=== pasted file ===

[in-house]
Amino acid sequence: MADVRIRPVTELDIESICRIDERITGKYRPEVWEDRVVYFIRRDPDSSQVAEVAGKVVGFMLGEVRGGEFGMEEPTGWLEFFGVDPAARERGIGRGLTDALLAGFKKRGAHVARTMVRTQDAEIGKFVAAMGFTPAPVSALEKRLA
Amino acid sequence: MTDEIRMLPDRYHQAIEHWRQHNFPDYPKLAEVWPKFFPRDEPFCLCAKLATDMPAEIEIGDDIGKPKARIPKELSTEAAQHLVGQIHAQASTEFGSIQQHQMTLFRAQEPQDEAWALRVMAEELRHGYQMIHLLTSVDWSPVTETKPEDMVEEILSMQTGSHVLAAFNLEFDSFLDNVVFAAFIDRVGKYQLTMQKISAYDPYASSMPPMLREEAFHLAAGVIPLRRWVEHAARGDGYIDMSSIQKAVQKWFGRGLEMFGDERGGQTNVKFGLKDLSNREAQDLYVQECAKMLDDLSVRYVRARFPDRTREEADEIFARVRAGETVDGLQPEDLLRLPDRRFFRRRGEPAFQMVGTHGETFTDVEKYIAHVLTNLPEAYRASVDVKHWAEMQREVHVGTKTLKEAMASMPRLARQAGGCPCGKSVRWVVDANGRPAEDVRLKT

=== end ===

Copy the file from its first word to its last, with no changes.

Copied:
[in-house]
Amino acid sequence: MADVRIRPVTELDIESICRIDERITGKYRPEVWEDRVVYFIRRDPDSSQVAEVAGKVVGFMLGEVRGGEFGMEEPTGWLEFFGVDPAARERGIGRGLTDALLAGFKKRGAHVARTMVRTQDAEIGKFVAAMGFTPAPVSALEKRLA
Amino acid sequence: MTDEIRMLPDRYHQAIEHWRQHNFPDYPKLAEVWPKFFPRDEPFCLCAKLATDMPAEIEIGDDIGKPKARIPKELSTEAAQHLVGQIHAQASTEFGSIQQHQMTLFRAQEPQDEAWALRVMAEELRHGYQMIHLLTSVDWSPVTETKPEDMVEEILSMQTGSHVLAAFNLEFDSFLDNVVFAAFIDRVGKYQLTMQKISAYDPYASSMPPMLREEAFHLAAGVIPLRRWVEHAARGDGYIDMSSIQKAVQKWFGRGLEMFGDERGGQTNVKFGLKDLSNREAQDLYVQECAKMLDDLSVRYVRARFPDRTREEADEIFARVRAGETVDGLQPEDLLRLPDRRFFRRRGEPAFQMVGTHGETFTDVEKYIAHVLTNLPEAYRASVDVKHWAEMQREVHVGTKTLKEAMASMPRLARQAGGCPCGKSVRWVVDANGRPAEDVRLKT